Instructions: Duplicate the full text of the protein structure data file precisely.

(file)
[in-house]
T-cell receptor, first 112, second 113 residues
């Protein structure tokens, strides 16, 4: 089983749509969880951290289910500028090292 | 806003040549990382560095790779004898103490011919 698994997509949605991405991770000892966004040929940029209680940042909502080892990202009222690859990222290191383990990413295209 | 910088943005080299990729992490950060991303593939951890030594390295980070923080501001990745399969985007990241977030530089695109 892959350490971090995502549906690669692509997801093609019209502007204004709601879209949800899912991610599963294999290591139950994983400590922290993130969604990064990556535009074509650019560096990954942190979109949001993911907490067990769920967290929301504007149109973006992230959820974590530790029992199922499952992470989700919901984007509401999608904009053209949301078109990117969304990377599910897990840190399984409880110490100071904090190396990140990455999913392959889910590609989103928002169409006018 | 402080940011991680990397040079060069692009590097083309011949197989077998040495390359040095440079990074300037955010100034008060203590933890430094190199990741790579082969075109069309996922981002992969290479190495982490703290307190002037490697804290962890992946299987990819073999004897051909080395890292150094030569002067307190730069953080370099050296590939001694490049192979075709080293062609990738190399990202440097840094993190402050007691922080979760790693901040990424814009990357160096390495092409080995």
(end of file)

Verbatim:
[in-house]
T-cell receptor, first 112, second 113 residues
């Protein structure tokens, strides 16, 4: 089983749509969880951290289910500028090292 | 806003040549990382560095790779004898103490011919 698994997509949605991405991770000892966004040929940029209680940042909502080892990202009222690859990222290191383990990413295209 | 910088943005080299990729992490950060991303593939951890030594390295980070923080501001990745399969985007990241977030530089695109 892959350490971090995502549906690669692509997801093609019209502007204004709601879209949800899912991610599963294999290591139950994983400590922290993130969604990064990556535009074509650019560096990954942190979109949001993911907490067990769920967290929301504007149109973006992230959820974590530790029992199922499952992470989700919901984007509401999608904009053209949301078109990117969304990377599910897990840190399984409880110490100071904090190396990140990455999913392959889910590609989103928002169409006018 | 402080940011991680990397040079060069692009590097083309011949197989077998040495390359040095440079990074300037955010100034008060203590933890430094190199990741790579082969075109069309996922981002992969290479190495982490703290307190002037490697804290962890992946299987990819073999004897051909080395890292150094030569002067307190730069953080370099050296590939001694490049192979075709080293062609990738190399990202440097840094993190402050007691922080979760790693901040990424814009990357160096390495092409080995």